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A Young Girl in East Acton

by epsomandewelllhc

Contributed by 
epsomandewelllhc
People in story: 
Marjorie Harris (nee Cannon)
Location of story: 
London
Article ID: 
A2045134
Contributed on: 
15 November 2003

A Few Reminiscences of WWII from Marjorie Harris (nee Cannon)

I was aged 15 when on September 3rd. 1939, the Rev. Godfrey of St. Dunstans Church, East Acton, cut short the morning service to announce that war had been declared.

The following Friday evening my parents were seeing myself and young brother off to Cornwall under the care of an Aunt, where we stayed until Christmas, when we returned to London and stayed throughout the war.

When the air raids commenced, as soon as the siren went off we all went into the kitchen and my Father pulled out the Easiworker and we went into the space between the wall and the back of the Easiworker. When we heard the drone of the German bombers we waited with baited breath as the bombs fell in a stick of six; it was a relief when we had counted the six and had survived.

One Sunday night in a house at the top of the road, the family were celebrating the christening of their first grandchild. The house had a direct hit. The only survivor was a daughter who had gone to visit her boyfriend.

Local men, including my Father, used to take turns at Fire Duty with buckets and stirrup pumps. We all dreaded the Molotov Baskets which were filled with incendiary bombs and when dropped on roofs exploded and caused numerous fires.

At 18 years, I worked in London as a shorthand typist. After a night of bombing raids I was walking along Oxford Street; a large store had been hit and the demolition squad were busy clearing up. It was a store selling gloves, underwear, etc. The men had found some bloomers which they attached to a girder and chalked up “Winter Draws On”, lifting our spirits after a night of bombing.

One of the office girls came to work one morning and told how a German bomber was shot down and they found a young German airman attached to his parachute caught in a tree in their garden. Full of compassion for the young lad, her Father rescued him and took him into the house before calling the Police.

At 19 I received papers calling for me to decide to do factory work or nursing. I chose nursing and started my general training. It was in 1944 when the Germans started sending over Flying Bombs — commonly called Doodle Bugs. These were quite frightening. You heard their droning as they flew along and then it stopped, and they fell to the ground and exploded. We had three nuns training to be midwives and one day as we were going off duty, the doodle bugs started. Just as one stopped, one of the nuns called out “Oh my God” and ran for shelter. We stood and looked, shocked, at a nun saying “my God”.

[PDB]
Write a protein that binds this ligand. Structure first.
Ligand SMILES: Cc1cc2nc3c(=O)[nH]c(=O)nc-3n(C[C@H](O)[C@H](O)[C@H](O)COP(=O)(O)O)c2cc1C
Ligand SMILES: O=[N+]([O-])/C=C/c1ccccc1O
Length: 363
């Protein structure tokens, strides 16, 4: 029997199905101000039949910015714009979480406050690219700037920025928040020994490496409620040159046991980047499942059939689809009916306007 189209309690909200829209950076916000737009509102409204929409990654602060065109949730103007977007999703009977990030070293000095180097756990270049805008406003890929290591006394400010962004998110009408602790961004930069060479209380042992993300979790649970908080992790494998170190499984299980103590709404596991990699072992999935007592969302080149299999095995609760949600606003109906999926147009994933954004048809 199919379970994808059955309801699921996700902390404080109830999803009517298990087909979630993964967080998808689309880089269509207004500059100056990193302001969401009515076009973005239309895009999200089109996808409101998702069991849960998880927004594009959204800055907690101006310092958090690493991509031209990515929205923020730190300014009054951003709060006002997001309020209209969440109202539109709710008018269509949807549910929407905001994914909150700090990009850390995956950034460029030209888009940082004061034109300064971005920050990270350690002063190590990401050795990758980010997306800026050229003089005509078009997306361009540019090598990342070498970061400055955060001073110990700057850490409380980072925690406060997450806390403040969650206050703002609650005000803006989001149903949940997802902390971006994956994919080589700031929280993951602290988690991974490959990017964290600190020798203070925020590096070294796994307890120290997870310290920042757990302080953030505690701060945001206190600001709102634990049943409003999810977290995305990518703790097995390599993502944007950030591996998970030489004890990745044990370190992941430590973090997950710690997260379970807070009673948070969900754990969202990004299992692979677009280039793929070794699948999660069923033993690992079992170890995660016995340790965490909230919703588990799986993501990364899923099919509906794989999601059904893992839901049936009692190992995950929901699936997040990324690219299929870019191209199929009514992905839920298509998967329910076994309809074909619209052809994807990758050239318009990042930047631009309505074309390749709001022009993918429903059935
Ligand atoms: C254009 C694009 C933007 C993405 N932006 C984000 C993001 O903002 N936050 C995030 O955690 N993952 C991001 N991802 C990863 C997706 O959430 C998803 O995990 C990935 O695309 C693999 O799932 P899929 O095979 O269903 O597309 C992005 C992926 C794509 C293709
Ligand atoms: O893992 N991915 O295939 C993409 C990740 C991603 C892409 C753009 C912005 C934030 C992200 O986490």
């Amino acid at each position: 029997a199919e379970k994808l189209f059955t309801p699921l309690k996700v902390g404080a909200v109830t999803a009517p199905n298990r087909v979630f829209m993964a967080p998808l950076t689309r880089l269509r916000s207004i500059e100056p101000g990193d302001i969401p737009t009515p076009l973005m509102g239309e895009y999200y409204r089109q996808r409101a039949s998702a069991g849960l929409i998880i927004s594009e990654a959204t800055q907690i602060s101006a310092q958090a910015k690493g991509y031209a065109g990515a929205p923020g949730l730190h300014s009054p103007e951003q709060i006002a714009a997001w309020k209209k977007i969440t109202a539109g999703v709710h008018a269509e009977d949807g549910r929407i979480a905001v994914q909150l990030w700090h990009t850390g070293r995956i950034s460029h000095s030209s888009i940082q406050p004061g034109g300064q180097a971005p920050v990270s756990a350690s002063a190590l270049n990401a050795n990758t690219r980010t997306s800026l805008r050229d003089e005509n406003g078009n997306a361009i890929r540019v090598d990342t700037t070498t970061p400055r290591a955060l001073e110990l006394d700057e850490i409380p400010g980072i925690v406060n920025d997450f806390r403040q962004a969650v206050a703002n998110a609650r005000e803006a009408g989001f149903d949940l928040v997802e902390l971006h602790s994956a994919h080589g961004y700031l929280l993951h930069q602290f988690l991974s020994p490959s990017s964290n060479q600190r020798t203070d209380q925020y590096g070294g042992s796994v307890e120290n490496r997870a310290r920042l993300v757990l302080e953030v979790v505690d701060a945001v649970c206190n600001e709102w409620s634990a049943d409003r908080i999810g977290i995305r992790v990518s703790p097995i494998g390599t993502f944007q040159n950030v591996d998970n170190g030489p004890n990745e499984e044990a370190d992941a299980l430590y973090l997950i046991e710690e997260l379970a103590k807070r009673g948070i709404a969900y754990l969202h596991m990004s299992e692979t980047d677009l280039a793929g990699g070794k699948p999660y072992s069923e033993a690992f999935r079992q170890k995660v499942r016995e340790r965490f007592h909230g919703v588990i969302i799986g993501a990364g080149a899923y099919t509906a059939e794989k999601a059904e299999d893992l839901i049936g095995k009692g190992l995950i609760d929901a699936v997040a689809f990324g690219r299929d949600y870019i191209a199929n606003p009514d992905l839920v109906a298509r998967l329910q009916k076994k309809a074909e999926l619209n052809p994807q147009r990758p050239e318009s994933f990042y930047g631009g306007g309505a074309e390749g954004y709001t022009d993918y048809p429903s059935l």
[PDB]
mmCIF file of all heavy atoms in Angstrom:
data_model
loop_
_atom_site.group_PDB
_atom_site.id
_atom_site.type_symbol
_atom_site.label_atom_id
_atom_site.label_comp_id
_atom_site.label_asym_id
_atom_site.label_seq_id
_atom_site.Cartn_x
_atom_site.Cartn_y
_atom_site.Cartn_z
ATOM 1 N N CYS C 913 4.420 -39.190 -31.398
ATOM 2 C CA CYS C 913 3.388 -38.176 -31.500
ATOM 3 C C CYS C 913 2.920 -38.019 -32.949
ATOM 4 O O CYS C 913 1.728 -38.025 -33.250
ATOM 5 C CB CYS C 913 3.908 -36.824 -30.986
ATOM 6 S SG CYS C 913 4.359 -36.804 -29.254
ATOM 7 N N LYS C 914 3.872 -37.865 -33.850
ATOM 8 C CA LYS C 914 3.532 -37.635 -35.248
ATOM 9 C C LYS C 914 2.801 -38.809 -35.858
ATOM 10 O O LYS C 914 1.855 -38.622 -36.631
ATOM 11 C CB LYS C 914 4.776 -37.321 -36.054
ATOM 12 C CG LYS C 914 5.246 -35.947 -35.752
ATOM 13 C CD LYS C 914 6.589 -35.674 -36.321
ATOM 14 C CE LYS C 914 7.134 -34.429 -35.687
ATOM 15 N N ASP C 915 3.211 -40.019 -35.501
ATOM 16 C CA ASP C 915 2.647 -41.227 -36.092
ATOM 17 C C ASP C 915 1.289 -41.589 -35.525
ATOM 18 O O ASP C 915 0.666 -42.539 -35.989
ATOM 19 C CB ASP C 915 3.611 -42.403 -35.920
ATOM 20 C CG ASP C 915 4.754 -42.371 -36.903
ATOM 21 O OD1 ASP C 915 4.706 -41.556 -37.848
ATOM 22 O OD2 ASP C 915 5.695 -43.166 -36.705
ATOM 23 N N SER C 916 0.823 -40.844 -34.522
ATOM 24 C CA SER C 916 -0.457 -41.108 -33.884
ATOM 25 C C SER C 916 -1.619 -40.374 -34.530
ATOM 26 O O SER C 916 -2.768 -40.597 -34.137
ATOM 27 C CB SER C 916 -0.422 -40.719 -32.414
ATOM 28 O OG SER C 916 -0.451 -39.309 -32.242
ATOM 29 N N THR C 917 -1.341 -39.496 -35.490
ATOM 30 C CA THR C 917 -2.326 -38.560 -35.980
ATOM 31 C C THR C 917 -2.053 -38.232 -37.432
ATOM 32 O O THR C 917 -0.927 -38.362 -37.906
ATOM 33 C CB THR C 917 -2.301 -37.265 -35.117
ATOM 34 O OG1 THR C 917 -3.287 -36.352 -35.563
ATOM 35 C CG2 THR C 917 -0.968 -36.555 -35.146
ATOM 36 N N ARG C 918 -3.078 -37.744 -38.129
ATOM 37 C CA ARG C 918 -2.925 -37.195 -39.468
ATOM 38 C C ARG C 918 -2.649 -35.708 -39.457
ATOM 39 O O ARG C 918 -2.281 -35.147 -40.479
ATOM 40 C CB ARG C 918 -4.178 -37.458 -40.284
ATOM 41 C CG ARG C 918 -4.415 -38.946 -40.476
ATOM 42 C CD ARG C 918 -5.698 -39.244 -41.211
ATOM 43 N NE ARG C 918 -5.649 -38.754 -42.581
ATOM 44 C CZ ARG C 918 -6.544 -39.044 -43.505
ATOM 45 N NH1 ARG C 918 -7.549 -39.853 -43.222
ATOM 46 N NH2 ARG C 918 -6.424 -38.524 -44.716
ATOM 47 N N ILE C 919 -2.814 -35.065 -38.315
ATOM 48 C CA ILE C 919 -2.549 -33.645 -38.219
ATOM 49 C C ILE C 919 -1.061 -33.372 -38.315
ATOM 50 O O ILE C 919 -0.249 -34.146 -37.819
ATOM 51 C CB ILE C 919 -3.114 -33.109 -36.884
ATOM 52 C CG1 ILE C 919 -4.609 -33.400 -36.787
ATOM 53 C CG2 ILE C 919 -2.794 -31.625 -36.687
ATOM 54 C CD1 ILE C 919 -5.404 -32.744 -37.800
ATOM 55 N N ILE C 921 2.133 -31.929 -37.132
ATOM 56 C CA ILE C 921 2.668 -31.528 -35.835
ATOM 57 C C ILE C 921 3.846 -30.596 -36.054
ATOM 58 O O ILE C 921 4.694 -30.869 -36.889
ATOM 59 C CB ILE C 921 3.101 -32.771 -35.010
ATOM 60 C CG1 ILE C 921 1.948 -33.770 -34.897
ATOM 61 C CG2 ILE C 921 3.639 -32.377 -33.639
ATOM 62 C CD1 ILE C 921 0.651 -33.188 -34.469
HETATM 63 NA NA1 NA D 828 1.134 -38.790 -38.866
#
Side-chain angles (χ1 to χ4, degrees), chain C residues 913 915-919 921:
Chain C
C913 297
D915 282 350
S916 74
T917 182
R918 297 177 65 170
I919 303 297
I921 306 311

Early one Sunday morning I was woken up by a ‘swooshing’ noise and then a bang; it was a rocket which demolished a building in the grounds of the hospital. No lives were lost as the patients of that Block had been evacuated the previous weekend. The explosion broke all the windows of the hospital but only a very few patients had been cut with glass. That day, we were allowed to wear a cardigan on duty!

At the hospital we ate quite well. We were issued with two jam jars each, one for a ration of sugar, the other for a little butter and some margarine. On the breakfast table there was always a pot of Vitamin C tablets for us to take. We had blackout curtains and when the siren sounded we had to pull all the beds away from the windows. This required quite a bit of strength and care.

Food was rationed but occasionally you could get a 1 lb. of sausages. One such dinnertime, we had an elderly Aunt staying and when she cut into the sausage she said, “We need to spread jam on this as it is full of bread”!

In Tottenham Court Road there was a very popular shop. It had three aluminium trays cooking away in its window with sausages, peas and chips. You picked up a plate and cutlery at the door, joined the queue, sat down in the shop and ate your meal.

We had very sad days when we heard of neighbours’ sons missing or killed. We hated to see newspapers’ hoardings with the words saying ’44 Bombers went on a raid and only so many returned’

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